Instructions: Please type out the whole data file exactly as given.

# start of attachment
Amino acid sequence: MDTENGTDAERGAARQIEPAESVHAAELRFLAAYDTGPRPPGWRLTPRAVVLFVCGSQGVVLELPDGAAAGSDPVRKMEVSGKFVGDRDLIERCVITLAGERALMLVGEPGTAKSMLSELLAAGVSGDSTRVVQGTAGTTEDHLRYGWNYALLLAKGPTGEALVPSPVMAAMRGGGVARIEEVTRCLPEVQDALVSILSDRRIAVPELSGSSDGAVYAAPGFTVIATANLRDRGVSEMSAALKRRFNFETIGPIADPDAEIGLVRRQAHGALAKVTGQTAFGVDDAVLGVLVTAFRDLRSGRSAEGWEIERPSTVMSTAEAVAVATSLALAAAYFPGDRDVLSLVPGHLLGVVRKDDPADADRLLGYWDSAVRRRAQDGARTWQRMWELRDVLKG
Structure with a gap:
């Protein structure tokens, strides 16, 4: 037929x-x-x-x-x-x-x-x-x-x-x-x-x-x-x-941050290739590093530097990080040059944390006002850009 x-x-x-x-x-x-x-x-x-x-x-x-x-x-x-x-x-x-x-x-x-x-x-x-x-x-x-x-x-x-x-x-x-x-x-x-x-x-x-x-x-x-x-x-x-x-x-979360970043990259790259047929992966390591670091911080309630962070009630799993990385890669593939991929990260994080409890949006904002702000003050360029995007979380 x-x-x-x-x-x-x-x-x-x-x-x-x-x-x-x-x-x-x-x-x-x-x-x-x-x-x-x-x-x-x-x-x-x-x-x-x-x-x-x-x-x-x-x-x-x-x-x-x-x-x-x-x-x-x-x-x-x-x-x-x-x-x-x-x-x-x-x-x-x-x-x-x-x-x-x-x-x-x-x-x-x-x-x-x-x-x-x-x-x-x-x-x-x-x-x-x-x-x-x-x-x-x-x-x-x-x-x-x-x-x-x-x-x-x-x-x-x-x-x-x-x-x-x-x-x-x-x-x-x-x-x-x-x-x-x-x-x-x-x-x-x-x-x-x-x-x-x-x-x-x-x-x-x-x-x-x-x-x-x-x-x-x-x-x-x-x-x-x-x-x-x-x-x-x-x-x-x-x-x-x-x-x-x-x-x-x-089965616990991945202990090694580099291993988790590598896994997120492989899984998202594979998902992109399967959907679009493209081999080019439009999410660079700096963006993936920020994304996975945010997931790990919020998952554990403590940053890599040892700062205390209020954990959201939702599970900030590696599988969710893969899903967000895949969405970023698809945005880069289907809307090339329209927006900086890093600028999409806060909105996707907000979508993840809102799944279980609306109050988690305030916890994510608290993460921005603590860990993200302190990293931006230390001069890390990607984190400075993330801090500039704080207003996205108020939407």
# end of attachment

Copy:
Amino acid sequence: MDTENGTDAERGAARQIEPAESVHAAELRFLAAYDTGPRPPGWRLTPRAVVLFVCGSQGVVLELPDGAAAGSDPVRKMEVSGKFVGDRDLIERCVITLAGERALMLVGEPGTAKSMLSELLAAGVSGDSTRVVQGTAGTTEDHLRYGWNYALLLAKGPTGEALVPSPVMAAMRGGGVARIEEVTRCLPEVQDALVSILSDRRIAVPELSGSSDGAVYAAPGFTVIATANLRDRGVSEMSAALKRRFNFETIGPIADPDAEIGLVRRQAHGALAKVTGQTAFGVDDAVLGVLVTAFRDLRSGRSAEGWEIERPSTVMSTAEAVAVATSLALAAAYFPGDRDVLSLVPGHLLGVVRKDDPADADRLLGYWDSAVRRRAQDGARTWQRMWELRDVLKG
Structure with a gap:
């Protein structure tokens, strides 16, 4: 037929x-x-x-x-x-x-x-x-x-x-x-x-x-x-x-941050290739590093530097990080040059944390006002850009 x-x-x-x-x-x-x-x-x-x-x-x-x-x-x-x-x-x-x-x-x-x-x-x-x-x-x-x-x-x-x-x-x-x-x-x-x-x-x-x-x-x-x-x-x-x-x-979360970043990259790259047929992966390591670091911080309630962070009630799993990385890669593939991929990260994080409890949006904002702000003050360029995007979380 x-x-x-x-x-x-x-x-x-x-x-x-x-x-x-x-x-x-x-x-x-x-x-x-x-x-x-x-x-x-x-x-x-x-x-x-x-x-x-x-x-x-x-x-x-x-x-x-x-x-x-x-x-x-x-x-x-x-x-x-x-x-x-x-x-x-x-x-x-x-x-x-x-x-x-x-x-x-x-x-x-x-x-x-x-x-x-x-x-x-x-x-x-x-x-x-x-x-x-x-x-x-x-x-x-x-x-x-x-x-x-x-x-x-x-x-x-x-x-x-x-x-x-x-x-x-x-x-x-x-x-x-x-x-x-x-x-x-x-x-x-x-x-x-x-x-x-x-x-x-x-x-x-x-x-x-x-x-x-x-x-x-x-x-x-x-x-x-x-x-x-x-x-x-x-x-x-x-x-x-x-x-x-x-x-x-x-089965616990991945202990090694580099291993988790590598896994997120492989899984998202594979998902992109399967959907679009493209081999080019439009999410660079700096963006993936920020994304996975945010997931790990919020998952554990403590940053890599040892700062205390209020954990959201939702599970900030590696599988969710893969899903967000895949969405970023698809945005880069289907809307090339329209927006900086890093600028999409806060909105996707907000979508993840809102799944279980609306109050988690305030916890994510608290993460921005603590860990993200302190990293931006230390001069890390990607984190400075993330801090500039704080207003996205108020939407």